Safety remains hot topic for trucking industry

Nebraska Sen. Deb Fischer (R-Neb.) has had her sights set on the Federal Motor Carrier Safety Administration (FMCSA) since last year, when she introduced legislation to overhaul the federal agency.

Fischer recently had an up close and personal contact with the agency when her Senate Commerce Committee considered the nomination of T.F. Scott Darling to the post of FMCSA administrator.

After the hearing, Senator Fischer, chairman of the Surface Transportation Subcommittee, said the following:

“I look forward to a more inclusive FMCSA process that encourages collaboration and trust between public and private sector stakeholders. In that spirit, I appreciate Mr. Darling’s eagerness to immediately remove flawed truck safety scores from public view. If he is confirmed, I hope Mr. Darling will continue to oversee swift enactment of other critical highway bill reforms to the FMCSA.

“Furthermore, I have new concerns regarding the agency’s proposed Safety Fitness Determination rule-making process because of its reliance on inaccurate methodology and analysis,” she added.

Darling assured lawmakers that the agency was committed to moving as quickly as possible to complete a study into how effective its rules are at governing how long drivers should rest before hitting the road again, and to overhauling a safety rating and scoring system that commercial truckers have long lambasted for being flawed.

“FMCSA ensures those entering the industry meet stringent safety requirements,” Darling said. “We require carriers to maintain high safety standards in their daily operations. We focus our enforcement and investigative resources on identifying high-risk carriers and either help them improve their performance or remove them from the road.”

Darling was nominated by President Barack Obama five months ago to head the agency responsible for preventing commercial motor vehicle-related fatalities and injuries.

Darling’s nomination comes at a critical time as the agency faces mounting pressure to more create a safer highway environment for trucks and buses.

While Darling was being grilled on Capitol Hill, the American Trucking Associations (ATA) released an analysis of data from the Department of Transportation that shows the rate of truck involved fatalities is declining.

“America’s trucking industry has invested billions to improve safety and that commitment is paying off,” said ATA President and CEO Bill Graves.

According to ATA’s analysis of miles traveled data from the Federal Highway Administration and highway fatality data from the National Highway Traffic Safety Administration (NHTSA), the truck-involved fatality rate fell for the second straight year to 1.40 per 100 million miles traveled.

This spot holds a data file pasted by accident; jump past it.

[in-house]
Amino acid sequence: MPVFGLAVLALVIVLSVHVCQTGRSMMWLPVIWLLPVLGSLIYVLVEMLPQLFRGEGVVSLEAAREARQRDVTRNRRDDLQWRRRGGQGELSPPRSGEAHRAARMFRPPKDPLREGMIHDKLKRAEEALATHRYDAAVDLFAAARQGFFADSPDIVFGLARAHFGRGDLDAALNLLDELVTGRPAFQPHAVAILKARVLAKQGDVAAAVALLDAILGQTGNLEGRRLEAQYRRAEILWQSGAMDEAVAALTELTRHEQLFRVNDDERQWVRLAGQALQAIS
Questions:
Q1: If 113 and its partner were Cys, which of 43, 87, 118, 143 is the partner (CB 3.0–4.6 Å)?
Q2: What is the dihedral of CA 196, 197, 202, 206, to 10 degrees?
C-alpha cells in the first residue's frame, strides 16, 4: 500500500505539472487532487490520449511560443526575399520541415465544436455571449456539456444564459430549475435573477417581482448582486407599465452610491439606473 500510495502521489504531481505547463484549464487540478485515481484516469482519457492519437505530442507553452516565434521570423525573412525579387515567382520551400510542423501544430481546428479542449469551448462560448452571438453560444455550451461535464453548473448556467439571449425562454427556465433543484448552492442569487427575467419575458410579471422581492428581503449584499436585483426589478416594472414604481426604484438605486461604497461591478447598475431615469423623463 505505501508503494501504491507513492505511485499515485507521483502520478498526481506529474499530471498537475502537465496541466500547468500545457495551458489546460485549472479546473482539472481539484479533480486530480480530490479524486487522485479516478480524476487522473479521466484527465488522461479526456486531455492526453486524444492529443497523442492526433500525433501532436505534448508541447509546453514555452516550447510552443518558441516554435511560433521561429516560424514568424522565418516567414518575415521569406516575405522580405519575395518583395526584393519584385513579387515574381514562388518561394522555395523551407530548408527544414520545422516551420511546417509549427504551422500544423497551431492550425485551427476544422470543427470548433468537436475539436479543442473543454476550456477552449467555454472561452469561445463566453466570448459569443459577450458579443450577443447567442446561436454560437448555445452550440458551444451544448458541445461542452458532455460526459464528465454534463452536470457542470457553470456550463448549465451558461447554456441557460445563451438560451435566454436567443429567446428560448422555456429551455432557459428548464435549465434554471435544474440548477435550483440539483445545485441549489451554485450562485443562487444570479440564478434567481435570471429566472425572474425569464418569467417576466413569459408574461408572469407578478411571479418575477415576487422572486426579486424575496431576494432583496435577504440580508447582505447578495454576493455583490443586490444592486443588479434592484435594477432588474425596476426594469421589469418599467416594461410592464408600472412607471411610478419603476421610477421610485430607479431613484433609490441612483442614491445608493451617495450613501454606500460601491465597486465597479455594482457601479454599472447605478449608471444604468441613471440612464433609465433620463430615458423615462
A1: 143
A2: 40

Per NHTSA, there were 3,903 truck-involved fatalities in 2014, a decline of 61 total from the previous year. At the same time, the number of miles traveled by large trucks rose to more than 279 billion. Of note, these figures only represent fatalities where a large truck was involved in the crash and do not reflect causation. Numerous studies have found that trucks are responsible for initiating less than a third of all fatal car-truck crashes, which is why ATA supports aggressive traffic enforcement and education programs aimed at changing the unsafe behaviors of all motorists.

The fatality rate dipped 2.78 percent from 2013 and has fallen 4.76 percent over the past two years. More importantly, it has fallen an impressive 40.6 percent over the past decade.

“The short-term decline is welcome news, but the important figure is the long-term trend,” Graves said. “Short-term changes, whether they’re increases or declines, can be blips – and just like you shouldn’t track your 401k on a daily basis, they shouldn’t be the primary lens truck safety is viewed through. The long-term trend – in this case, a more than 40 percent improvement – is of paramount importance.”

“Our industry has worked hard, and invested in technology and training to improve highway safety not just for our drivers, but for all motorists,” said ATA Executive Vice President for National Advocacy Dave Osiecki. “And while there is more work to do, it is gratifying to see those efforts paying off in safer roads for all of us.”